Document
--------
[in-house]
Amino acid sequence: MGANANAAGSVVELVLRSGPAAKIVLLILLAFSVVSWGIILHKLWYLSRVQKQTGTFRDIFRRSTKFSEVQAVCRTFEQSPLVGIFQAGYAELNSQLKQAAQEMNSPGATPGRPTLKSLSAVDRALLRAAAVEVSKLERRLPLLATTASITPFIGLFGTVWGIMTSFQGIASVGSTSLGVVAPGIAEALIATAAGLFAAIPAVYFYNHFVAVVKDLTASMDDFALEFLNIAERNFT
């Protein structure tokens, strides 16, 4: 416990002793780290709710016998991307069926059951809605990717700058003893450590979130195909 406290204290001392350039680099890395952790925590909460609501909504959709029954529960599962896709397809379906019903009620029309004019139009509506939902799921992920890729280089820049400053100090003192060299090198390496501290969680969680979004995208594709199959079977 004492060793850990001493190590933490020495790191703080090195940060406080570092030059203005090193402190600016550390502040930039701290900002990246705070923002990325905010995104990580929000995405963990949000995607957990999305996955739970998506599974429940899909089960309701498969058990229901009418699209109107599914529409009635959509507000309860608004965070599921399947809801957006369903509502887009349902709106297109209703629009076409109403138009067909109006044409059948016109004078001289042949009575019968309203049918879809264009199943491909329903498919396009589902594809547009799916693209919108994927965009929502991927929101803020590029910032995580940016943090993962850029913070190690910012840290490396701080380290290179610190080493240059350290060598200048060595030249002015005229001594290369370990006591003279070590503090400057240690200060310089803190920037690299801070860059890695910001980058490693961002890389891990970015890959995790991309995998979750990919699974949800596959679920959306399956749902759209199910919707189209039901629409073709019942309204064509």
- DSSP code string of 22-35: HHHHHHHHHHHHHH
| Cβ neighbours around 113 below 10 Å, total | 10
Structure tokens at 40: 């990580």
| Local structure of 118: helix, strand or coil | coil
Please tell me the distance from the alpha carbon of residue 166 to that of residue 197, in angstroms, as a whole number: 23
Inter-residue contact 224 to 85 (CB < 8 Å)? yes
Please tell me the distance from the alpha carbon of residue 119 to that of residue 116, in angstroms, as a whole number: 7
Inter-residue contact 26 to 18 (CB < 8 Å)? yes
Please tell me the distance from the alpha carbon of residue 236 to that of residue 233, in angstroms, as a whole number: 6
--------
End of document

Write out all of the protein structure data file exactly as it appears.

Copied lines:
[in-house]
Amino acid sequence: MGANANAAGSVVELVLRSGPAAKIVLLILLAFSVVSWGIILHKLWYLSRVQKQTGTFRDIFRRSTKFSEVQAVCRTFEQSPLVGIFQAGYAELNSQLKQAAQEMNSPGATPGRPTLKSLSAVDRALLRAAAVEVSKLERRLPLLATTASITPFIGLFGTVWGIMTSFQGIASVGSTSLGVVAPGIAEALIATAAGLFAAIPAVYFYNHFVAVVKDLTASMDDFALEFLNIAERNFT
């Protein structure tokens, strides 16, 4: 416990002793780290709710016998991307069926059951809605990717700058003893450590979130195909 406290204290001392350039680099890395952790925590909460609501909504959709029954529960599962896709397809379906019903009620029309004019139009509506939902799921992920890729280089820049400053100090003192060299090198390496501290969680969680979004995208594709199959079977 004492060793850990001493190590933490020495790191703080090195940060406080570092030059203005090193402190600016550390502040930039701290900002990246705070923002990325905010995104990580929000995405963990949000995607957990999305996955739970998506599974429940899909089960309701498969058990229901009418699209109107599914529409009635959509507000309860608004965070599921399947809801957006369903509502887009349902709106297109209703629009076409109403138009067909109006044409059948016109004078001289042949009575019968309203049918879809264009199943491909329903498919396009589902594809547009799916693209919108994927965009929502991927929101803020590029910032995580940016943090993962850029913070190690910012840290490396701080380290290179610190080493240059350290060598200048060595030249002015005229001594290369370990006591003279070590503090400057240690200060310089803190920037690299801070860059890695910001980058490693961002890389891990970015890959995790991309995998979750990919699974949800596959679920959306399956749902759209199910919707189209039901629409073709019942309204064509």
- DSSP code string of 22-35: HHHHHHHHHHHHHH
| Cβ neighbours around 113 below 10 Å, total | 10
Structure tokens at 40: 């990580």
| Local structure of 118: helix, strand or coil | coil
Please tell me the distance from the alpha carbon of residue 166 to that of residue 197, in angstroms, as a whole number: 23
Inter-residue contact 224 to 85 (CB < 8 Å)? yes
Please tell me the distance from the alpha carbon of residue 119 to that of residue 116, in angstroms, as a whole number: 7
Inter-residue contact 26 to 18 (CB < 8 Å)? yes
Please tell me the distance from the alpha carbon of residue 236 to that of residue 233, in angstroms, as a whole number: 6